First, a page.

Five years after setting up its first Neuro-Diverse Centre of Excellence (NCoE) in Philadelphia, the Big Four firm says a similar centre in the UK will also fuel innovation in technology and bring a new dimension of creativity. Neurodiversity is a collective word for cognitive differences including dyspraxia, dyslexia, Autism Spectrum Disorder (ASD) dyscalculia, Attention Deficit Hyperactivity Disorder (ADHD) and Tourette syndrome.
EY says the NCoE in the UK will create a supportive working environment focusing on emerging technologies, including artificial intelligence, data analytics, automation, blockchain and cyber.
Catriona Campbell, EY’s Client Technology & Innovation Officer, UK&I, who will head the UK Neuro-Diverse Centre of Excellence said the move would give the firm a creative edge.
“For instance, in the US, we measured the impact on innovation, by comparing the work quality, efficiency, and productivity, generated by neurodivergent and neurotypical professionals. Quality, efficiency and productivity were comparable, but the neurodivergent employees excelled at innovation. The diversity of thought and creativity they brought was a differentiator,” Campbell said.
At the same time, EY says the NCoE will provide an employment path for those who have not had access to equal opportunities. While the true extent of hiring bias against neurodiverse individuals is difficult to quantify, research published by the Office for National Statistics earlier this year found that just one in five autistic people in the UK are in any form of employment, prompting experts to urge the government to offer greater support and information to employers.
Globally, EY already has six NCoEs established in the US, with others in Canada, India, Poland and Spain, with further expansion plans into Europe, South America and Asia Pacific. The first UK NCoE will launch with a founding team of six to ten, with applications opening in August 2021.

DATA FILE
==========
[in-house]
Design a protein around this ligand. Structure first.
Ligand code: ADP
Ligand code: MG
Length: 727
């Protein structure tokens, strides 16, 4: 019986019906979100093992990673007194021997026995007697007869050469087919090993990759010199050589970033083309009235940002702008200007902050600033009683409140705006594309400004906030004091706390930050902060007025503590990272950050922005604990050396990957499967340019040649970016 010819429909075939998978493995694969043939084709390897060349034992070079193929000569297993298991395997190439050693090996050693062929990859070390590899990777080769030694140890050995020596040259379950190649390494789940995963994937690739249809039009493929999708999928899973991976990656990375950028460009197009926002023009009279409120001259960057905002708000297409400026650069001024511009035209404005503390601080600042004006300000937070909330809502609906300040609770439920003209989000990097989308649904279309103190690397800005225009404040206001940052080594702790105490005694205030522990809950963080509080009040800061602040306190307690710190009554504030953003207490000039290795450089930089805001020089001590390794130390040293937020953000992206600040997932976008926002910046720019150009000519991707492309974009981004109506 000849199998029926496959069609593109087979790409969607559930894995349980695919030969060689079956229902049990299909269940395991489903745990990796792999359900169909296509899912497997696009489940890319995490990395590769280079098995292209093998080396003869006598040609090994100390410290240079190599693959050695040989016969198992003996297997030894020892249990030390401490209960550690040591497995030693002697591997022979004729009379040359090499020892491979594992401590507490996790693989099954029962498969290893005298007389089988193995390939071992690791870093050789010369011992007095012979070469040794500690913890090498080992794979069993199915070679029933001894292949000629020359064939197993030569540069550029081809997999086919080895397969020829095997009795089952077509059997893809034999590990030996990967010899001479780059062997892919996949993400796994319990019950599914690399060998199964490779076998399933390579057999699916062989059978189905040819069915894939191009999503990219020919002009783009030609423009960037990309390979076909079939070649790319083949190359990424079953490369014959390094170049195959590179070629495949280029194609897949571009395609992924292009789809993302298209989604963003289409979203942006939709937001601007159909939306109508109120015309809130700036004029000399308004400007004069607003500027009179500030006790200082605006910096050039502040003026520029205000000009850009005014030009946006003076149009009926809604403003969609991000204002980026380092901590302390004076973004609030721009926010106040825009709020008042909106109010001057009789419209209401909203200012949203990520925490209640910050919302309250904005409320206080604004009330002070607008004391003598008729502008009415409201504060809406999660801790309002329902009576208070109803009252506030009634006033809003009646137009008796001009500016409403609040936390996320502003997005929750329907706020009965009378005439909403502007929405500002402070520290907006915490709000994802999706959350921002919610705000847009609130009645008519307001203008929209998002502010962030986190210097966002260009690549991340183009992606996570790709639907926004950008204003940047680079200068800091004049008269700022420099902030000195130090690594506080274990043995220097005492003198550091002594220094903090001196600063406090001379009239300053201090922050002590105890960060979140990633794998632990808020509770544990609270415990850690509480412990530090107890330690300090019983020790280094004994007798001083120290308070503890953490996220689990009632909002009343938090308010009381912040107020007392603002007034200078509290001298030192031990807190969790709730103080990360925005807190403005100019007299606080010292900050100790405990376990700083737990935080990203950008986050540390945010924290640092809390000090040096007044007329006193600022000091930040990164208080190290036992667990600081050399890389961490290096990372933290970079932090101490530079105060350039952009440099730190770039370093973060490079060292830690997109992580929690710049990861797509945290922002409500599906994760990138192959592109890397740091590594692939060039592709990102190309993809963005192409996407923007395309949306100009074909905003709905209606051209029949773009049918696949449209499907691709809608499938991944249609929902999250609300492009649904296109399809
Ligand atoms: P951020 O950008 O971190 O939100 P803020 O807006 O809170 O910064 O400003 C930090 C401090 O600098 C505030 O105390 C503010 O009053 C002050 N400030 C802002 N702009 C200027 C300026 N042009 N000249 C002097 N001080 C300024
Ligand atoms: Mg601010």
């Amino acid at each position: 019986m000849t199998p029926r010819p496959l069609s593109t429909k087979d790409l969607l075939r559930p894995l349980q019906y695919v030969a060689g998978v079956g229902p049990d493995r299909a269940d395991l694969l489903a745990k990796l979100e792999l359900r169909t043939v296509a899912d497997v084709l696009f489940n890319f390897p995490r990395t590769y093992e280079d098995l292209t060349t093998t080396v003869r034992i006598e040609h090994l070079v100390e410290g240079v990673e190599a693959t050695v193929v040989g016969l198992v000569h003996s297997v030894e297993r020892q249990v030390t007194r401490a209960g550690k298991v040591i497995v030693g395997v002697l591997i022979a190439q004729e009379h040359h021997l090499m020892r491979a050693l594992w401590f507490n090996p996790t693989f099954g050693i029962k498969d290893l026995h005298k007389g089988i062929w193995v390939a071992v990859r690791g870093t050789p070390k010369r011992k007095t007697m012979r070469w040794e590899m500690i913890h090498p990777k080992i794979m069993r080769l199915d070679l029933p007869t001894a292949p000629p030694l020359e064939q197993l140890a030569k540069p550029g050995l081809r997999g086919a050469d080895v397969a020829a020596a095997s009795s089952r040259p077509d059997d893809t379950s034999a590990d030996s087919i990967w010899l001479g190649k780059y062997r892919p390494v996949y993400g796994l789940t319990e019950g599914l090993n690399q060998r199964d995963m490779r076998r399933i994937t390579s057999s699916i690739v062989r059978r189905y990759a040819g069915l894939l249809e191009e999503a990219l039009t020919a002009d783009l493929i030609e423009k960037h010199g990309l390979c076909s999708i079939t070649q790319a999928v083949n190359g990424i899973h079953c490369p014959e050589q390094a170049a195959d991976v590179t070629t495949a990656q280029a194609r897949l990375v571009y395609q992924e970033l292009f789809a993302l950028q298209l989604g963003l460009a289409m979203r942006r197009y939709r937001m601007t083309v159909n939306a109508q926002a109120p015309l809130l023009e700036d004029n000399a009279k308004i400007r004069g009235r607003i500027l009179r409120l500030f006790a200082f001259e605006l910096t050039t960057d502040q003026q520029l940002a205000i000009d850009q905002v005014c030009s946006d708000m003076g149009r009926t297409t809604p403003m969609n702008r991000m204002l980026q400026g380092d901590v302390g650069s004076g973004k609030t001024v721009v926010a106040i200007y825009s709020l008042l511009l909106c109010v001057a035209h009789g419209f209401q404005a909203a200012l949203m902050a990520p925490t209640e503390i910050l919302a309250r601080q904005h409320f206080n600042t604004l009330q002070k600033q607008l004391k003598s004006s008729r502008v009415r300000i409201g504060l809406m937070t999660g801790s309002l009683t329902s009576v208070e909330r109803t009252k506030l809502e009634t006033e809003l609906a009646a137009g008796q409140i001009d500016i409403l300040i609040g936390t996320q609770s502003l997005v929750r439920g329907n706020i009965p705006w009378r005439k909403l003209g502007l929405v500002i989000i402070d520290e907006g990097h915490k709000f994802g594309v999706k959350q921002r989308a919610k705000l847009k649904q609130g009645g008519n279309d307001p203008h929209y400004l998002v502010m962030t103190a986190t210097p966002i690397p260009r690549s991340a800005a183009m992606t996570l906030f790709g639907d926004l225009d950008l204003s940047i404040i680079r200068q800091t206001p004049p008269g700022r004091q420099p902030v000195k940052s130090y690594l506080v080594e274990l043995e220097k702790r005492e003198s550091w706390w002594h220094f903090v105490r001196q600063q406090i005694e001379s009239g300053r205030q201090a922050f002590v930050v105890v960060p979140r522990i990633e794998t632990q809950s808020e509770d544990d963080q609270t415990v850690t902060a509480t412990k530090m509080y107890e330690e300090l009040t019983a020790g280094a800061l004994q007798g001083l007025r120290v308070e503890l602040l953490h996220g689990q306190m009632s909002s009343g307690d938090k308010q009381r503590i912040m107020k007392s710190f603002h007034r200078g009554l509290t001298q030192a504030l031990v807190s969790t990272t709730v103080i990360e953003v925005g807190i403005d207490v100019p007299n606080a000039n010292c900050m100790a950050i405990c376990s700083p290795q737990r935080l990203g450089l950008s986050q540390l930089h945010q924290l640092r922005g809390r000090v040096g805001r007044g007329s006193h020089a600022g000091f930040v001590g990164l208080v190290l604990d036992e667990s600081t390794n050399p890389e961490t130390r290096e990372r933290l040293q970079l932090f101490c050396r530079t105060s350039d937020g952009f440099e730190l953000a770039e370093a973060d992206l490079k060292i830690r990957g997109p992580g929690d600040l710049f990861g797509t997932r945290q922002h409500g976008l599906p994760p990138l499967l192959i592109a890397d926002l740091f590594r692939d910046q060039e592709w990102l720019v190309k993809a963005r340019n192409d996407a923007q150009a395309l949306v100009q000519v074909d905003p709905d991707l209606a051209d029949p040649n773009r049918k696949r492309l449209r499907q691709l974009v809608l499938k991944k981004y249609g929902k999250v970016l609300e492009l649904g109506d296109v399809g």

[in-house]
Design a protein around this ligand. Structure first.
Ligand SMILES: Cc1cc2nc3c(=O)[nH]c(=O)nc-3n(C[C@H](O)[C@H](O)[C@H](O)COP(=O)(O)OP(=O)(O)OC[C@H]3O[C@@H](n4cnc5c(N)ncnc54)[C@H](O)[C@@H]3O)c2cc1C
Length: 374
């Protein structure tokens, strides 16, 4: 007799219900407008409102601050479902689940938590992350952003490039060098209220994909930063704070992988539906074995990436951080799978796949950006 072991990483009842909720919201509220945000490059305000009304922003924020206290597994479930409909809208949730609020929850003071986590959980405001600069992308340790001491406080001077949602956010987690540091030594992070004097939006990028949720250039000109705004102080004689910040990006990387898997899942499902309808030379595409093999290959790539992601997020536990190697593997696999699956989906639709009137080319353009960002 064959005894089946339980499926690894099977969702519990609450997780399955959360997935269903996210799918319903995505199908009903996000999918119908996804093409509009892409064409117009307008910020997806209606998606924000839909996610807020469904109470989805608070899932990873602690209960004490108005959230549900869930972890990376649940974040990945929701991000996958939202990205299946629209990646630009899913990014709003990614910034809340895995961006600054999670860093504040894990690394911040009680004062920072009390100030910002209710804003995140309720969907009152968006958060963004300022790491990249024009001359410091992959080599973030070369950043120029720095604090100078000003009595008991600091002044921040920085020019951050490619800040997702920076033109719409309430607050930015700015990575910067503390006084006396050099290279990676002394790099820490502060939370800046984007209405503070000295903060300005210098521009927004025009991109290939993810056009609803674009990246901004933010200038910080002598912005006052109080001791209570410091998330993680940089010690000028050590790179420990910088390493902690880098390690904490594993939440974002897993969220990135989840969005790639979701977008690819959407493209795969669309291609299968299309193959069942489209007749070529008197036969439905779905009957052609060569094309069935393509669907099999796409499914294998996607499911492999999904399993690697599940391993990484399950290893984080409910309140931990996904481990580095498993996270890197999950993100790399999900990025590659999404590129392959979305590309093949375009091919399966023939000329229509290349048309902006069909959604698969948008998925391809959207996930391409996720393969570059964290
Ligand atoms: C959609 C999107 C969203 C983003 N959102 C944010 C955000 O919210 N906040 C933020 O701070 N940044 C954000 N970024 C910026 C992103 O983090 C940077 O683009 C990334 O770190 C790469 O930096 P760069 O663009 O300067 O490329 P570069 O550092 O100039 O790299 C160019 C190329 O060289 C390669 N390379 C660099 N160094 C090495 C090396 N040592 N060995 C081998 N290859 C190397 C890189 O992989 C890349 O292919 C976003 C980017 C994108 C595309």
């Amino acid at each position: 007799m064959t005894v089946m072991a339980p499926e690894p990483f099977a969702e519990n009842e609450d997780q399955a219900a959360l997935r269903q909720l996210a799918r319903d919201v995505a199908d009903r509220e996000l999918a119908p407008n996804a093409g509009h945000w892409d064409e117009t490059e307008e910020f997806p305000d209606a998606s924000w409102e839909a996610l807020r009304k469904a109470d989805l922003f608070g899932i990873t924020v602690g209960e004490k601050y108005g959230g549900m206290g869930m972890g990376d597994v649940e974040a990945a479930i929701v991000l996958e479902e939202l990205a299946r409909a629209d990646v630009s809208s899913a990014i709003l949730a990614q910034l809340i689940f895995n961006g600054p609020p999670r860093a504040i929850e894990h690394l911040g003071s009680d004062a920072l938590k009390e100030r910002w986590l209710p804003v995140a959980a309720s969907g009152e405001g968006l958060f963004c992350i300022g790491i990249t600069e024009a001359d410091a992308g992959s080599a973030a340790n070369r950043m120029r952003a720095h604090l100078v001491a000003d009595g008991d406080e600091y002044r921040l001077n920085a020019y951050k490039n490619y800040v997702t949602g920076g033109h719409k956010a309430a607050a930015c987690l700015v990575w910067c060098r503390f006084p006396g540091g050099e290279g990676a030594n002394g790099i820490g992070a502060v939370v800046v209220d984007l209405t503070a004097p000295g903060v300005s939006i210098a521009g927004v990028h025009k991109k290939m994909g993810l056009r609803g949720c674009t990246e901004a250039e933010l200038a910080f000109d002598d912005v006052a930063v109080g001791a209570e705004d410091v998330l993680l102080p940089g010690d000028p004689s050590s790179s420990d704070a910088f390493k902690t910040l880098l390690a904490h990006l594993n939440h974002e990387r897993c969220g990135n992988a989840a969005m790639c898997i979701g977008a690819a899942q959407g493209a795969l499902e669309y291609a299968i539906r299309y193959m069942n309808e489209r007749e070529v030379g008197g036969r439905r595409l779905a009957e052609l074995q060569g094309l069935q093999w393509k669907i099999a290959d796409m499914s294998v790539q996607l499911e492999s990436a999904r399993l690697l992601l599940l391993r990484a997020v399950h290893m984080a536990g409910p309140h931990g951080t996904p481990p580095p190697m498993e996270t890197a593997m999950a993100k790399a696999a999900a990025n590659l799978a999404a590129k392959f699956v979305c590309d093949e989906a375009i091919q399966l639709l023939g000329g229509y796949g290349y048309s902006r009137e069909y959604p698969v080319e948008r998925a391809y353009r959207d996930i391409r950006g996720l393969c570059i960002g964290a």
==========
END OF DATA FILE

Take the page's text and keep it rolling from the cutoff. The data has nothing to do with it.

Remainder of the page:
Alison Kay, EY’s Managing Partner for Client Service, UK&I, said the last 12 months had highlighted the importance of purpose in business and the role that employers can make in helping to drive social change. “As a business leader, accelerating progress on diversity and inclusion in the workplace makes commercial sense and fits with our purpose – Building a Better Working World.
“I hope that as EY aims to create a highly supportive working environment for all of our people, our UK NCoE will encourage others to lead with purpose and challenge their own talent strategy, to help transform the employment prospects of neurodivergent individuals,” Kay added.
The firm says work is underway to change the hiring, training, and onboarding process, including a shift to a performance-based one interview, hiring and training in small groups and orientations done in advance so that candidates can familiarise themselves with the workplace.
Caroline Turner, a neurodiversity consultant at Creased Puddle, said employers should approach neurodiversity as identifying people’s strengths and helping them to thrive. “Because of the analytical nature of accountancy, there are real opportunities for individuals who recognise patterns and who like analysis and who find numbers predictable and like the truth of maths.”
However, the combination of fear and traditional views of how we recruit, retain and develop people were preventing organisations from tapping into the neurodivergent market. “Policies and procedures can be so rigid that they stop us from being creative in how we make our recruitment accessible. We need to understand what skills are actually required. And when individuals disclose their neurological differences, there’s a real responsibility for organisations to handle that disclosure with integrity and care. Training and education is key.”
ICAEW is delighted to bring members this webinar - Understanding Neurodiversity and its benefit to workplace culture - live on 12 August 2021.